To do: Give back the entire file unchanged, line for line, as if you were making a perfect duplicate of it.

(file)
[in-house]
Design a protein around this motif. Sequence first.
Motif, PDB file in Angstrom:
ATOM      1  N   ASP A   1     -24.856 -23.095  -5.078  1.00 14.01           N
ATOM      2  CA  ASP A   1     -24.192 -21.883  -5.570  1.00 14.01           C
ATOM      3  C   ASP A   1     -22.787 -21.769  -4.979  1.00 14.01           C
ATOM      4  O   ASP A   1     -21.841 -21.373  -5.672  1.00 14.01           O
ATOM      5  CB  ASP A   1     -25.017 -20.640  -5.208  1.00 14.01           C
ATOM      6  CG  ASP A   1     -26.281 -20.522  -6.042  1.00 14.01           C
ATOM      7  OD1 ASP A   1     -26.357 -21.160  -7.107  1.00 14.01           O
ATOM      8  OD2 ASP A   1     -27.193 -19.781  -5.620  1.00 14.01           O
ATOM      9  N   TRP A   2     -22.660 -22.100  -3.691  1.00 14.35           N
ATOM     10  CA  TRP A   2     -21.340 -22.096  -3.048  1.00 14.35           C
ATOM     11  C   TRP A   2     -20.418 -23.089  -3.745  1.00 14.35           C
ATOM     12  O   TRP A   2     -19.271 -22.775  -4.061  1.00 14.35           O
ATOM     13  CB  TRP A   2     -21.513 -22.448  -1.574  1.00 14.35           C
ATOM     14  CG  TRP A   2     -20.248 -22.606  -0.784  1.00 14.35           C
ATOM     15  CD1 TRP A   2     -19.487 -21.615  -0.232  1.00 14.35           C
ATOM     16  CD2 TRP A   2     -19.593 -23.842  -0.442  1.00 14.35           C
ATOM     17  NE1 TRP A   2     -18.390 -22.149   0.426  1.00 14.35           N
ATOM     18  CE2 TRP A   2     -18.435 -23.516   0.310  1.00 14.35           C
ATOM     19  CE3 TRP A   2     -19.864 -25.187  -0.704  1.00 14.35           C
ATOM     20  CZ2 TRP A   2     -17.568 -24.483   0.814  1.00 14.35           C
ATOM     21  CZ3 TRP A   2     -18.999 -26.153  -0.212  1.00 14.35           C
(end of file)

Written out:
[in-house]
Design a protein around this motif. Sequence first.
Motif, PDB file in Angstrom:
ATOM      1  N   ASP A   1     -24.856 -23.095  -5.078  1.00 14.01           N
ATOM      2  CA  ASP A   1     -24.192 -21.883  -5.570  1.00 14.01           C
ATOM      3  C   ASP A   1     -22.787 -21.769  -4.979  1.00 14.01           C
ATOM      4  O   ASP A   1     -21.841 -21.373  -5.672  1.00 14.01           O
ATOM      5  CB  ASP A   1     -25.017 -20.640  -5.208  1.00 14.01           C
ATOM      6  CG  ASP A   1     -26.281 -20.522  -6.042  1.00 14.01           C
ATOM      7  OD1 ASP A   1     -26.357 -21.160  -7.107  1.00 14.01           O
ATOM      8  OD2 ASP A   1     -27.193 -19.781  -5.620  1.00 14.01           O
ATOM      9  N   TRP A   2     -22.660 -22.100  -3.691  1.00 14.35           N
ATOM     10  CA  TRP A   2     -21.340 -22.096  -3.048  1.00 14.35           C
ATOM     11  C   TRP A   2     -20.418 -23.089  -3.745  1.00 14.35           C
ATOM     12  O   TRP A   2     -19.271 -22.775  -4.061  1.00 14.35           O
ATOM     13  CB  TRP A   2     -21.513 -22.448  -1.574  1.00 14.35           C
ATOM     14  CG  TRP A   2     -20.248 -22.606  -0.784  1.00 14.35           C
ATOM     15  CD1 TRP A   2     -19.487 -21.615  -0.232  1.00 14.35           C
ATOM     16  CD2 TRP A   2     -19.593 -23.842  -0.442  1.00 14.35           C
ATOM     17  NE1 TRP A   2     -18.390 -22.149   0.426  1.00 14.35           N
ATOM     18  CE2 TRP A   2     -18.435 -23.516   0.310  1.00 14.35           C
ATOM     19  CE3 TRP A   2     -19.864 -25.187  -0.704  1.00 14.35           C
ATOM     20  CZ2 TRP A   2     -17.568 -24.483   0.814  1.00 14.35           C
ATOM     21  CZ3 TRP A   2     -18.999 -26.153  -0.212  1.00 14.35           C